Date of Award
Doctor of Philosophy (PhD)
Dr. B. D. Gaulin
Model membrane systems composed of homogeneous suspensions of phospholipids in an aqueous environment have been of great interest for their biological relevance and for their intriguing physical properties. When placed in excess water, phospholipids will spontaneously self-assembly into multilamellar vesicles consisting of repeating bilayer-water layer units which are ideally suited for examination via scattering techniques. Small angle scattering techniques have played an integral role in the study of the morphology and phase behaviour of model membrane systems. This thesis focuses on small angle neutron scattering (SANS) work on two different model membrane systems, dipalmitoylphosphatidylcholine (DPPC) and 1-palmitoyl-2-oleoylphosphatidylethanolomine (POPE). Three main results, which contribute new information or ideas, are presented. SANS and X-ray diffraction studies of DPPC and DPPC in which the quaternary ammonium hydrogens have been replaced with deuterium (DPPC-d 9 ) have been performed as a function of temperature in a range from 20°C to 50°C. DPPC will display three distinct phases in this range: a low temperature gel (Lβ' ) phase, an intermediate ripple (Pβ' ) phase, and a high temperature liquid crystalline (Lα ) phase. The Pβ' phase, which spans an eight degree range from 35°C to 42°C, is known to exhibit non-equilibrium behaviour. On cooling from the Lα phase, the Pβ' phase formed is metastable but long lived. We present complementary SANS and X-ray diffraction work which shows a complex multipeak pattern for the metastable Pβ' phase. A simple, single wavelength model is proposed that explains our data and also previously published synchrotron X-ray data which was interpreted in terms of a more complex model of competing rippled domains. We also show that the metastability persists into the Lβ' phase. High resolution SANS work on large unilamellar vesicles (LUVs) of DPPC shows that we are able to extract such parameters as vesicle radius and bilayer thickness from the small angle scattering profile. We present, for the first time, diffraction evidence for the development of a ripple modulation of the bilayer surface in LUVs. Calorimetric work done in conjunction with the SANS offers supporting evidence for this claim. An examination of the high resolution SANS profiles of multilamellar samples of POPE, DPPC, and DPPC-d9 is presented which shows that the interfacial properties of model membrane systems can be inferred from scattering techniques. Results show that POPE, which has a relatively small headgroup, displays a smooth water-lipid interface, which can be described using Porod's law of surface scattering, in both its gel and liquid crystalline phases. DPPC and DPPC-d9 , on the other hand, are consistent in showing that the interface between the phosphatidylcholine (PC) headgroups and the water in the Lβ ' and Pβ' phases is rough and disordered. On raising the temperature into the Lα phase of DPPC, this interface becomes smooth.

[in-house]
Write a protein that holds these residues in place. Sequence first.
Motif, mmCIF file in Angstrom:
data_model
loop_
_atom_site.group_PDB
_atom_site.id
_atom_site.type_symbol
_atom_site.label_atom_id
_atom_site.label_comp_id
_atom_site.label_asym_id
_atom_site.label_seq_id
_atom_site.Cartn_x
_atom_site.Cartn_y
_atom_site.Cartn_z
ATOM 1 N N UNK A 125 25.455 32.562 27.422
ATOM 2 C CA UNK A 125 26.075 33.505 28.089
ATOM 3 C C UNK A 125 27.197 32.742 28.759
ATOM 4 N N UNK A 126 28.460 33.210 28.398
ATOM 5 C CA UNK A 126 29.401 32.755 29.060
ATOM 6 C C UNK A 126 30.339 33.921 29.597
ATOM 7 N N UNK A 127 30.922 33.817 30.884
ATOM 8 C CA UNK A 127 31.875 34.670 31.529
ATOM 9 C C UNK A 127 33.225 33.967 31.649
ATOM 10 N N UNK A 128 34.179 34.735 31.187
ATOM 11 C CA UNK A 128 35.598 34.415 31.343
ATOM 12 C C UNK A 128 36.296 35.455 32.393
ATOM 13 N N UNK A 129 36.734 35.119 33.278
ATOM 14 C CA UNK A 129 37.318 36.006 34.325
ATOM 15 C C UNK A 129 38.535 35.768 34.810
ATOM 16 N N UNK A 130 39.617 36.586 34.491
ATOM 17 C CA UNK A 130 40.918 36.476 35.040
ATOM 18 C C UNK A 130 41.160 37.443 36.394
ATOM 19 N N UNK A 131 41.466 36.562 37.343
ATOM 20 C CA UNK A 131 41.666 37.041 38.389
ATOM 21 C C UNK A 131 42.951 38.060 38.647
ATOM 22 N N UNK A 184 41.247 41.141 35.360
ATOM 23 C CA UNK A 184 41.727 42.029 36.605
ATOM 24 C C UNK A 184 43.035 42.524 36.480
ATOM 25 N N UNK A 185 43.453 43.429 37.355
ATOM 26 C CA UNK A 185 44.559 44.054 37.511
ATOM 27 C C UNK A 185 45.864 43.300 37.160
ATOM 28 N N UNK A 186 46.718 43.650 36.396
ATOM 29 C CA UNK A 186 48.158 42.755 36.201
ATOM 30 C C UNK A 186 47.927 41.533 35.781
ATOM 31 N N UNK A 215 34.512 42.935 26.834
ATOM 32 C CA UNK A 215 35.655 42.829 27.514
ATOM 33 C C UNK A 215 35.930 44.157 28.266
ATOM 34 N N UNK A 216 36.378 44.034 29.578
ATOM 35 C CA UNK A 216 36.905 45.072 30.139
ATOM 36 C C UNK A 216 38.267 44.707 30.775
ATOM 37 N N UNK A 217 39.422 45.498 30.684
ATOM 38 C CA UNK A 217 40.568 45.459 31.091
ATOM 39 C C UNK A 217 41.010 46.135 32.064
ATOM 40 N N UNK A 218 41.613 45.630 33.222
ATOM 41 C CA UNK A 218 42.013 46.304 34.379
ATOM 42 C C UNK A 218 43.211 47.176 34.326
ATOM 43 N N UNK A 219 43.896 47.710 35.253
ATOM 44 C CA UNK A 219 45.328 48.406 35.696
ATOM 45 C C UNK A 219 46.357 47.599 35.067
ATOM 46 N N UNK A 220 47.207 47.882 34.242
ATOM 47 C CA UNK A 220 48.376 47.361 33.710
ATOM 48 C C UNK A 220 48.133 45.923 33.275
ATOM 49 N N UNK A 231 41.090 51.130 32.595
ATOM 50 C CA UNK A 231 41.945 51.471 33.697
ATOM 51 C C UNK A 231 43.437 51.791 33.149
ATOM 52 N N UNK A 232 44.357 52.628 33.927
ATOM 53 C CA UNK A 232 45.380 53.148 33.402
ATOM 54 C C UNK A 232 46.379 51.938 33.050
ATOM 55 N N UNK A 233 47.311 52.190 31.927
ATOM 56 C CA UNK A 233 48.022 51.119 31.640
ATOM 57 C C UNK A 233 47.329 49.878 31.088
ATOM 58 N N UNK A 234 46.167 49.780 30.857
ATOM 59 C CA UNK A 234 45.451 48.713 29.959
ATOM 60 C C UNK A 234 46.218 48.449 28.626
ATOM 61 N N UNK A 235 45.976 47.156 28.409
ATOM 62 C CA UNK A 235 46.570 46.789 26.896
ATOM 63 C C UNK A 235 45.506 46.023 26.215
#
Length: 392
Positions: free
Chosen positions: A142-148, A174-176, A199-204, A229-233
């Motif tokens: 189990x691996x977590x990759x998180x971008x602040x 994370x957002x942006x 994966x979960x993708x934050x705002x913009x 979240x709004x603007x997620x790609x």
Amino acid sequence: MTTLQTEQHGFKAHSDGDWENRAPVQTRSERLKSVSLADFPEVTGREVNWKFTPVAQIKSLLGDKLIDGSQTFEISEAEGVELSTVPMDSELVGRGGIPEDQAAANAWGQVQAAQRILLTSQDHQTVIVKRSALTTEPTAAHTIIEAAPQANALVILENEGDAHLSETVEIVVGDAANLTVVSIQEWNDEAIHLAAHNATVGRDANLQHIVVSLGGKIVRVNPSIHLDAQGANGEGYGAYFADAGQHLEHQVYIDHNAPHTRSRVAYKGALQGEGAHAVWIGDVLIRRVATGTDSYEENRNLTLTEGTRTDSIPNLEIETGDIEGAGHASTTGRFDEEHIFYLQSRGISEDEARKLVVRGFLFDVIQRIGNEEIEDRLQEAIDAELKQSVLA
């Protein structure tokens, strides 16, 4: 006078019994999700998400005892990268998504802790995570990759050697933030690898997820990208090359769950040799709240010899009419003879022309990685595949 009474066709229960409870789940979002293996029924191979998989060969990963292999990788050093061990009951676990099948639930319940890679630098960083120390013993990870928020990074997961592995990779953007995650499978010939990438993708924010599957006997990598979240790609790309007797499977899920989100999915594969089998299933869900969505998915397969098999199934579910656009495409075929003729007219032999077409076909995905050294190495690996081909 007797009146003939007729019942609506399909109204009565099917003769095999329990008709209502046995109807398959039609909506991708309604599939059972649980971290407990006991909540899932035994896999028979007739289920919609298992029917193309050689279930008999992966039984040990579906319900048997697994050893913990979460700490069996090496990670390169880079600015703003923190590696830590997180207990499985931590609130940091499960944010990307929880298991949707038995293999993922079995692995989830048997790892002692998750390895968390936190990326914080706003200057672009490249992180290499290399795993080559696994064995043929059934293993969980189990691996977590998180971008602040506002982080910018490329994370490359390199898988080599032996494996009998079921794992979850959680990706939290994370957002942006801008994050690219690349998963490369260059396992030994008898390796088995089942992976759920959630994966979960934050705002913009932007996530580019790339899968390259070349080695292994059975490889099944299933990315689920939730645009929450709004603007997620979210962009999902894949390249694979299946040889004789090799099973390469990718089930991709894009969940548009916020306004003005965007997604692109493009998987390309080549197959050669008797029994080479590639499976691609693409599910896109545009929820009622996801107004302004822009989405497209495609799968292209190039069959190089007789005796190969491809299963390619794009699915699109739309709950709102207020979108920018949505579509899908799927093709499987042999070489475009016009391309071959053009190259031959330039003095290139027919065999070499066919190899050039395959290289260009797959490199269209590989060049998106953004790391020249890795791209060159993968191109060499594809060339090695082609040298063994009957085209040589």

Mason, Peter C., "Small angle scattering studies of phospholipids in excess water" (1998). Open Access Dissertations and Theses. Paper 1964.